A WARRNAMBOOL drug trafficker who supplied his son with cannabis daily in an effort to keep him under control has received a suspended jail sentence and been fined $2250.
Warren John Bell, 51, of Kruger Street, pleaded guilty in Warrnambool Magistrates Court yesterday to supplying a drug to a child, as well as trafficking, using and possessing cannabis.
Police said officers executed a search warrant at a Kruger Street home on August 7 where Bell lived with his 17-year-old and 21-year-old sons.
They found two bags of cannabis, one containing 448 grams, the other 200g. They also found another 16 grams in another part of the house and 17 grams in the younger son’s bedroom.
Bell told police he gave his younger son one gram of cannabis a day to keep him calm and also to the older son on a needs basis.
He said his younger son had ADHD and medication didn’t work, while cannabis “kept him at bay” and settled him down.
Bell said he was doing what he could to keep his son out of trouble, it was better to teach him to move forward with his life and stay away from ice.
The 16 grams was for Bell’s own use.
Defence counsel Belinda Northey said the death of Bell’s son’s best friend’s father resulted in the boys acting up and Bell tried to contain the situation by providing a small amount of cannabis regularly to his son.
She said some of Bell’s son’s other friends were going down the path of ice addiction and her client had attempted to prevent that happening.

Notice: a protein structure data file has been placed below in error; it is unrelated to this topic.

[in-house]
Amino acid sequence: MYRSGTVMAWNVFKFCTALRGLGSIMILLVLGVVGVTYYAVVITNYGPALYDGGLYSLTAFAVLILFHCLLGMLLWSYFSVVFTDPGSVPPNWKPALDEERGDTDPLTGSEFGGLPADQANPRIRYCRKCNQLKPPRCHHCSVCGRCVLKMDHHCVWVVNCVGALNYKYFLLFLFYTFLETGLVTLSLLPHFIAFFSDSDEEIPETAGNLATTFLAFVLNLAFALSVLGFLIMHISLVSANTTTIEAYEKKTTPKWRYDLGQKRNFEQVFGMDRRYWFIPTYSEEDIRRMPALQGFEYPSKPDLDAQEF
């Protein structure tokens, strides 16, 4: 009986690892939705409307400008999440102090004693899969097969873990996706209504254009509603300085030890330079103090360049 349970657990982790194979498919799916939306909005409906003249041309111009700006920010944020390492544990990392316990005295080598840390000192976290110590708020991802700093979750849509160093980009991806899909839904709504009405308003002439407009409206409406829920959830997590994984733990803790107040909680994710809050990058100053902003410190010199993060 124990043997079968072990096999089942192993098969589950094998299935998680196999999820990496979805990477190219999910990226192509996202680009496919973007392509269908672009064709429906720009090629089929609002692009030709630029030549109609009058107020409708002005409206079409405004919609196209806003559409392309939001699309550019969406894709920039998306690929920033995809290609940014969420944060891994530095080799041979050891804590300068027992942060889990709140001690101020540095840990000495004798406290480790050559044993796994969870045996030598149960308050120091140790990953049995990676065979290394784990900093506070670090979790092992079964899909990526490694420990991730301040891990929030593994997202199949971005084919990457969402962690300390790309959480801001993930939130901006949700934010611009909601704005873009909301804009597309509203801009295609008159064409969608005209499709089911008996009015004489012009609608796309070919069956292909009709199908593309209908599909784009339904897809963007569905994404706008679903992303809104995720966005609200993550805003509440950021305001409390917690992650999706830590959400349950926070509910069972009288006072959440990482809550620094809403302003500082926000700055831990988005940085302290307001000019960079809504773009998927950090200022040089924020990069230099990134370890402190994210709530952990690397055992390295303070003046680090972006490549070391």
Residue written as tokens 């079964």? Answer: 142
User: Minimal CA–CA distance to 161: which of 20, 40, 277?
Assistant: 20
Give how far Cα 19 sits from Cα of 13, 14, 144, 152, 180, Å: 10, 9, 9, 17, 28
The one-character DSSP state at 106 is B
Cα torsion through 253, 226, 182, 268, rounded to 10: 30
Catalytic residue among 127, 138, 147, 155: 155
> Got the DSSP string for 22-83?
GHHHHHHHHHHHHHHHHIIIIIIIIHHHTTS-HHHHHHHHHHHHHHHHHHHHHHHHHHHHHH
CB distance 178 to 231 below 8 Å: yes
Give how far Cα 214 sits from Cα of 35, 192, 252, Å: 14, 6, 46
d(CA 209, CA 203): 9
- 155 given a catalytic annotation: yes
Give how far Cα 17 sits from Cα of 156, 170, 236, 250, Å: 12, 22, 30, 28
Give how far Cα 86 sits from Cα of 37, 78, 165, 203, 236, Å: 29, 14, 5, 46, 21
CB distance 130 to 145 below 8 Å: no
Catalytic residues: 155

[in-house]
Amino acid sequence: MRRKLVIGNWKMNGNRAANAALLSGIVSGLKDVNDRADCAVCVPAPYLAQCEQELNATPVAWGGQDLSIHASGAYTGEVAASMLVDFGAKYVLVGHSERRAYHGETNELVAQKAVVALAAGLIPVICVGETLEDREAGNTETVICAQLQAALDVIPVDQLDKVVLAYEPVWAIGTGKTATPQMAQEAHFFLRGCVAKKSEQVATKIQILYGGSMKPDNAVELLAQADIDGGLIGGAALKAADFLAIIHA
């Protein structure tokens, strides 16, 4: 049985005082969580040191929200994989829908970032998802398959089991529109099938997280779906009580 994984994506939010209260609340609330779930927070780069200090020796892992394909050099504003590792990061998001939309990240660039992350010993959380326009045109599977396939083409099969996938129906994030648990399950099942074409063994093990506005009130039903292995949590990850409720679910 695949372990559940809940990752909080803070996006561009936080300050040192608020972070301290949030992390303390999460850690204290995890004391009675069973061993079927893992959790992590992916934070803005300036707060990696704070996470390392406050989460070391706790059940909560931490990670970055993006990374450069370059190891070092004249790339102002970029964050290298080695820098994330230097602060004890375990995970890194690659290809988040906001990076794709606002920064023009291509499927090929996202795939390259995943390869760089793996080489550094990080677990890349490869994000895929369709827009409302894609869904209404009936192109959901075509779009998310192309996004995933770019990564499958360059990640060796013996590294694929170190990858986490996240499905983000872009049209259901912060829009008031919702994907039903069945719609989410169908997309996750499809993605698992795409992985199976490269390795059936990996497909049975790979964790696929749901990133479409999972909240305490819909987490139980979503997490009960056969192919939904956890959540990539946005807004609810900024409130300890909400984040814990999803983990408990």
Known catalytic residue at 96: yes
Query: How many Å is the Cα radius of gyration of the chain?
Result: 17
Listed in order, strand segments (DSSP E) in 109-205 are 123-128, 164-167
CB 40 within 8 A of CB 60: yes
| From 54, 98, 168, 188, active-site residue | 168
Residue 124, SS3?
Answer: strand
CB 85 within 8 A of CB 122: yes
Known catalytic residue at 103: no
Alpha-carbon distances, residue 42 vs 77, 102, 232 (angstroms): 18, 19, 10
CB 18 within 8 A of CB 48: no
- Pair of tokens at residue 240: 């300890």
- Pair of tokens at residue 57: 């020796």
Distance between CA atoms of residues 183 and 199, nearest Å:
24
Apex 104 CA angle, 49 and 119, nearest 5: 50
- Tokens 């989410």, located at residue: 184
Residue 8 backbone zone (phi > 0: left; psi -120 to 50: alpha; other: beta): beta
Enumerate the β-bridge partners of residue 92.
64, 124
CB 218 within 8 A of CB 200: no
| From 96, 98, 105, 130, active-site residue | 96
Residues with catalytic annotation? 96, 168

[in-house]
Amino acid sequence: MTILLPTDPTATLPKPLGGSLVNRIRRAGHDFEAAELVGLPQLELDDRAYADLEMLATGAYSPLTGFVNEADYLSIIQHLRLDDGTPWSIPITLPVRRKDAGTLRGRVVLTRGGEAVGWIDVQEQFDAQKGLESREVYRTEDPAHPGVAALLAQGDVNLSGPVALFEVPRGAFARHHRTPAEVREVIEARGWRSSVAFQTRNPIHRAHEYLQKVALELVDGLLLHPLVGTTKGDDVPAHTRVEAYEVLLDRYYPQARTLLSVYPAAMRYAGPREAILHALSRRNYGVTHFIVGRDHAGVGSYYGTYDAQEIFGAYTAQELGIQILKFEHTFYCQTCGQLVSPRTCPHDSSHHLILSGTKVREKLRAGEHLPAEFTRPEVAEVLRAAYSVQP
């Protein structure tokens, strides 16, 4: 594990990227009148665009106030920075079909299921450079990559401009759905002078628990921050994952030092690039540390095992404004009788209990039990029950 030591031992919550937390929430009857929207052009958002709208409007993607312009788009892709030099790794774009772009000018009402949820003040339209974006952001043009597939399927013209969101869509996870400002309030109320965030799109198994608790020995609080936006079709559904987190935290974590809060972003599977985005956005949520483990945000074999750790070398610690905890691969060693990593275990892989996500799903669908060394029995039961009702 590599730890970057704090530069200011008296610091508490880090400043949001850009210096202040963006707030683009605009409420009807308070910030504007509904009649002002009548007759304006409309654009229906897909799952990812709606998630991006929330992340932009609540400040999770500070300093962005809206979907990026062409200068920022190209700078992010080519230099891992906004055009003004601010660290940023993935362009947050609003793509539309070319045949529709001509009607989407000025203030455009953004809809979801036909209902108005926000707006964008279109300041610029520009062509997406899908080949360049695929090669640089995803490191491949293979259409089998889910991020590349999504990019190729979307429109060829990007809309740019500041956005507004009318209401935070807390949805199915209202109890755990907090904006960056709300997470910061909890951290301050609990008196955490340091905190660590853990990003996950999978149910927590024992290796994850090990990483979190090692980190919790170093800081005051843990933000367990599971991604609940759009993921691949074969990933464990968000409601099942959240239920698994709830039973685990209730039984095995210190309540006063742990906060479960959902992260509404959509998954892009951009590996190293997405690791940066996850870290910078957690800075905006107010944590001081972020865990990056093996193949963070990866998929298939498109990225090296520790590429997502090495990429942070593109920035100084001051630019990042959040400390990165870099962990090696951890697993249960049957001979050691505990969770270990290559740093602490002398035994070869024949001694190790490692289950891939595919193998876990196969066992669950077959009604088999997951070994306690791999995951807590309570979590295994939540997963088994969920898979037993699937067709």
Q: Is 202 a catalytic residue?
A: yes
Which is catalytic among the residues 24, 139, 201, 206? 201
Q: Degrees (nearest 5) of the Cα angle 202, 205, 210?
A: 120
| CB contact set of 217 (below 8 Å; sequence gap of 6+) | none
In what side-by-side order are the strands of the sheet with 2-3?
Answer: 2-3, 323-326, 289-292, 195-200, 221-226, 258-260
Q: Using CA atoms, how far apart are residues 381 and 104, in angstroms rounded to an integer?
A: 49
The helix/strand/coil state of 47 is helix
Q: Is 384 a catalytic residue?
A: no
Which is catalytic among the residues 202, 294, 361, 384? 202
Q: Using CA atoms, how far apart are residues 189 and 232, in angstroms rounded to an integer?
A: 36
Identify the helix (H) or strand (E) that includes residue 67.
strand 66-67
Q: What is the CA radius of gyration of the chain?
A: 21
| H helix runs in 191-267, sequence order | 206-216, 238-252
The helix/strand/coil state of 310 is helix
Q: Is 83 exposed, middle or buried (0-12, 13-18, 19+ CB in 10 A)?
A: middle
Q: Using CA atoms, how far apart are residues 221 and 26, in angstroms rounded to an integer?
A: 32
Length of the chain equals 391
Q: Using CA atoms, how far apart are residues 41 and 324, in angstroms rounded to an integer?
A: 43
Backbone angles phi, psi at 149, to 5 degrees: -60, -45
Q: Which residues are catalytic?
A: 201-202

Ms Northey said Bell bought and sold cannabis to a group of friends who took turns to supply each other drugs for no profit.
Magistrate John Lesser said he could partly understand Bell’s actions in relation to his son but because of the defendant’s own history he should have realised he should not be encouraging his son to use any illicit substance.
He said Bell had put himself in a very difficult position and only time would tell how his sons turned out with one already involved in the court system due to drug issues.
The magistrate said anyone who dealt with cannabis was breaking the law although there was currently a lot of debate about that in the community.
Mr Lesser said Bell’s drug trafficking was at the lower end of the scale but no trafficking was appropriate and drugs caused enormous harm to the community.
Bell was convicted, fined $2250 and sentenced to 12 months’ imprisonment which was suspended for two years.
“If you come back to court in the next two years you will serve that time as a starting point,” the magistrate told Bell.
“You run a severe risk if you reoffend.”